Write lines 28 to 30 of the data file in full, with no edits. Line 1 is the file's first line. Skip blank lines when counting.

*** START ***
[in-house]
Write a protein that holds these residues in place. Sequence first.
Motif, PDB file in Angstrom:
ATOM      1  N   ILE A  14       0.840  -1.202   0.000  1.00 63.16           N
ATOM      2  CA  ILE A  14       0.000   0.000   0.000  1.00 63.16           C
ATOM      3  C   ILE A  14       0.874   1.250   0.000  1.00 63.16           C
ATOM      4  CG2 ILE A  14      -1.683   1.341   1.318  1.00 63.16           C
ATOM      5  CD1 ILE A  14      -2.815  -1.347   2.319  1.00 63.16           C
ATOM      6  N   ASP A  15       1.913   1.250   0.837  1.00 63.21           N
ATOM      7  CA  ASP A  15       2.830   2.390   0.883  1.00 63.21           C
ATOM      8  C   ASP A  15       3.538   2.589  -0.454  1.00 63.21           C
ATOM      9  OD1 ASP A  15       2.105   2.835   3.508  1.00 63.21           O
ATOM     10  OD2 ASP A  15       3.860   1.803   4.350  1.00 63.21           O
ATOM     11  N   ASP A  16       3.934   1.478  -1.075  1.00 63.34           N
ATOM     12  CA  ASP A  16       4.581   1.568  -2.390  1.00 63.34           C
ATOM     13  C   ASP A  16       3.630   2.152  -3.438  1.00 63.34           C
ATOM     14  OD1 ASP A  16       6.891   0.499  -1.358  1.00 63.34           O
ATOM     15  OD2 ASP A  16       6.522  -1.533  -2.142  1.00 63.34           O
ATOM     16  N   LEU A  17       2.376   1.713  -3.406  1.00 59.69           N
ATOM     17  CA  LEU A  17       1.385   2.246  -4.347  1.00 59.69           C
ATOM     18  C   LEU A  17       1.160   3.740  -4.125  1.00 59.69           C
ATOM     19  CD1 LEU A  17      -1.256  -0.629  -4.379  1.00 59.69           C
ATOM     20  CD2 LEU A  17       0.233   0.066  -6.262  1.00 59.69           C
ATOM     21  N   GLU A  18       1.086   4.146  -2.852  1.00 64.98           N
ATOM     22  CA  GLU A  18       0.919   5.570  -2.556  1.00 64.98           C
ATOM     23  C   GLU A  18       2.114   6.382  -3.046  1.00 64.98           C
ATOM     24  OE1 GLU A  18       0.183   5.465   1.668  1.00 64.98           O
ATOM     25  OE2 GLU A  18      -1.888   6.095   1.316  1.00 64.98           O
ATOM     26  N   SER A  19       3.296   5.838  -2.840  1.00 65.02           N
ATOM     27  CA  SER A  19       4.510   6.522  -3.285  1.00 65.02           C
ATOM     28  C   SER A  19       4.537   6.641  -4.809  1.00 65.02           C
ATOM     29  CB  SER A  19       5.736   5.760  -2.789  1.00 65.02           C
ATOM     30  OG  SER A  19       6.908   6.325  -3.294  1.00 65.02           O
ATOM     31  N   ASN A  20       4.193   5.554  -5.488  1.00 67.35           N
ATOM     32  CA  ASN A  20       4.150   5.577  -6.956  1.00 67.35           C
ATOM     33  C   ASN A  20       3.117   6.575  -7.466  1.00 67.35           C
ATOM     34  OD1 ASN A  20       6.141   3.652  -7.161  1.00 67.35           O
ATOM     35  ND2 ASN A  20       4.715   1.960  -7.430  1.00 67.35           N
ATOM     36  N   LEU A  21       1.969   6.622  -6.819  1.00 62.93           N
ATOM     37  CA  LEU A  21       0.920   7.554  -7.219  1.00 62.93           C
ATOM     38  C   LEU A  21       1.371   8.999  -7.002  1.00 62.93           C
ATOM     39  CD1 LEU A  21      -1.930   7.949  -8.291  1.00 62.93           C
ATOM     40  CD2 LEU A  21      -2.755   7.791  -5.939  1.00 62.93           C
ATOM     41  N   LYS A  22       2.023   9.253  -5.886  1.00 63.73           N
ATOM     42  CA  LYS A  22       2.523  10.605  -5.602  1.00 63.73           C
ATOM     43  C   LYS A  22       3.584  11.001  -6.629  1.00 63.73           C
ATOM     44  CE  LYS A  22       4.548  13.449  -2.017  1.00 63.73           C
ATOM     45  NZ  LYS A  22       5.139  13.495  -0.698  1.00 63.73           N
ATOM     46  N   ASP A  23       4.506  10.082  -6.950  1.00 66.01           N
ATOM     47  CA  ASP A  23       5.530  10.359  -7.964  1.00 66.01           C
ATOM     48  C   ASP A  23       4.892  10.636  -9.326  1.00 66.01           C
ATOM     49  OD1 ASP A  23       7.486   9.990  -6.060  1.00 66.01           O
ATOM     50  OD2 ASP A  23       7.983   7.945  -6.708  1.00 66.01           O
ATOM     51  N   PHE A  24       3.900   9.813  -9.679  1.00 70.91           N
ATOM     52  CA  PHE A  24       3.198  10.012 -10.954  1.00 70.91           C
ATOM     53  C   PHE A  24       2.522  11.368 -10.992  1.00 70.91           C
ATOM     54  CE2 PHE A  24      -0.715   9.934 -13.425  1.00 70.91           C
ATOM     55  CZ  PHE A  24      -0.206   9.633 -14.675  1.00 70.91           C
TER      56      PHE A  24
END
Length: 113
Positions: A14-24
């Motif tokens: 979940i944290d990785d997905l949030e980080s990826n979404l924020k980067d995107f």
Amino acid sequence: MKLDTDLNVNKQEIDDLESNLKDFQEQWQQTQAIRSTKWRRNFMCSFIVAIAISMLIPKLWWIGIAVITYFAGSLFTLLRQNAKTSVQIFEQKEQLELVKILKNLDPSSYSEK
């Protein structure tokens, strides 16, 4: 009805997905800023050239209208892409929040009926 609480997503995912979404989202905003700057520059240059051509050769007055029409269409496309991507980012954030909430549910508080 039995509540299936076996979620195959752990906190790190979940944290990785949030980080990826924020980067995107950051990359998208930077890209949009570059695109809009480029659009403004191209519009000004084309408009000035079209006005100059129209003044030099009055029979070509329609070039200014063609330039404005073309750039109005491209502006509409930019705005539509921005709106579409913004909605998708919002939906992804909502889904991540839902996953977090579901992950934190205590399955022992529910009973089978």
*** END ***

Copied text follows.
ATOM     25  OE2 GLU A  18      -1.888   6.095   1.316  1.00 64.98           O
ATOM     26  N   SER A  19       3.296   5.838  -2.840  1.00 65.02           N
ATOM     27  CA  SER A  19       4.510   6.522  -3.285  1.00 65.02           C